Figure 1. Potential greenhouse gas emissions (in mg CO2-equivalent/m2/day) for the Loenderveense plas, the Dobbeplas, the Wormer- en Jisperveld and the Oostmadeplas.

Tool to estimate emissions from surface water bodies

To be able to estimate greenhouse gas emissions and to relate them to the water quality, a prototype model was developed, called ‘BlueCan’. With this tool, an initial estimate of the annual emission of greenhouse gases from lakes and ponds can be obtained. This instrument was based on the frequently applied models PCLake (Janse, 2005) and Delwaq (Los, 2009) and applied to the four case studies. Based on system characteristics including water depth, soil type and nutrient load, the annual emission in CO2 equivalents was calculated, as well as the proportions of CO2 and methane. In this way, water authorities are able to identify shallow lake and pond hotspots whilst also determining the effect of nutrient reduction on emissions. It is important to note that this instrument, in its current form, does not account for the direct input of organic carbon, such as wash off from the banks or fallen leaves. Thus, if these represent an important source of carbon in a pond, the emissions will be underestimated.
The reliability was tested by comparing the model results with the results from the column test (figure 2). The model shows the same trend as the column tests: ponds with a low P load (Loenderveense Plas and Dobbeplas) show the lowest greenhouse gas emissions, while ponds with a high P load show high emissions. Here too, the high emissions are mainly due to the increase in the proportion of methane.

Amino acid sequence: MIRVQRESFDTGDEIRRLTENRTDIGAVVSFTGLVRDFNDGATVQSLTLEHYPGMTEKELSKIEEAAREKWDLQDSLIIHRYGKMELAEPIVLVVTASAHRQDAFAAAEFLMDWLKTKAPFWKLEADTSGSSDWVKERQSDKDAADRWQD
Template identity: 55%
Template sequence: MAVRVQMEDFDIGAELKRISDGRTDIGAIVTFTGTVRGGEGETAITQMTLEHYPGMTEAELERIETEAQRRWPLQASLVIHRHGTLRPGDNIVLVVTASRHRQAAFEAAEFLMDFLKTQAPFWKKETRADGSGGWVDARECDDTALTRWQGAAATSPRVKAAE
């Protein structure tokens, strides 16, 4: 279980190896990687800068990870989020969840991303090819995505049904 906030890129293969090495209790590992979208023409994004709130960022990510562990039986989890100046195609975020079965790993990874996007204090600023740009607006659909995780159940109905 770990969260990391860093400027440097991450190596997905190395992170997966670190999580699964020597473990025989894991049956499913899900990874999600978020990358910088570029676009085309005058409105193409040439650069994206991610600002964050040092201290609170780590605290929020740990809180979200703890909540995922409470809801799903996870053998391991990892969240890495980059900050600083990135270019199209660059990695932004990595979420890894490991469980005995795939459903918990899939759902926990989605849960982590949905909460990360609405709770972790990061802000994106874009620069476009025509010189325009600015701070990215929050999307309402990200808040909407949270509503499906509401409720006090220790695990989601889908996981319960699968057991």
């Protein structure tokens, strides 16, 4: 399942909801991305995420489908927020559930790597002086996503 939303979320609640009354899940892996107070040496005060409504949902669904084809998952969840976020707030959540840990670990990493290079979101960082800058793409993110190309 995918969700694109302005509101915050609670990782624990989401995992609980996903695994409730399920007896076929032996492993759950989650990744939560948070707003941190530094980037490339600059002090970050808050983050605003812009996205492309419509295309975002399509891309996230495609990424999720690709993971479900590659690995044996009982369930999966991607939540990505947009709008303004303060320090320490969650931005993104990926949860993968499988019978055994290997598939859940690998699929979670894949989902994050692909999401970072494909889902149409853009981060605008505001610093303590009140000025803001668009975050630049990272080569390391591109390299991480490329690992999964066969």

Better water quality, lower greenhouse gas emissions

Measures to improve water quality appear effective at reducing greenhouse gas emissions. In this study, the greenhouse gas emissions from water bodies with good water quality are up to a factor of 10 lower than from waters with poor water quality. The poorer the water quality (high nutrients and organic carbon), the higher the greenhouse gas emission.
The possibilities for reducing greenhouse gas emissions are system-specific. Depending on the system, a large or small gain in water quality can be obtained in conjunction with a large or small reduction in emissions. This offers water authorities an interesting perspective for water management. Lower emissions of greenhouse gases are often accompanied by clear, plant-rich aquatic systems. This is advantageous for the development of nature and biodiversity, as a result of which these waters also become more attractive as recreational and residential areas.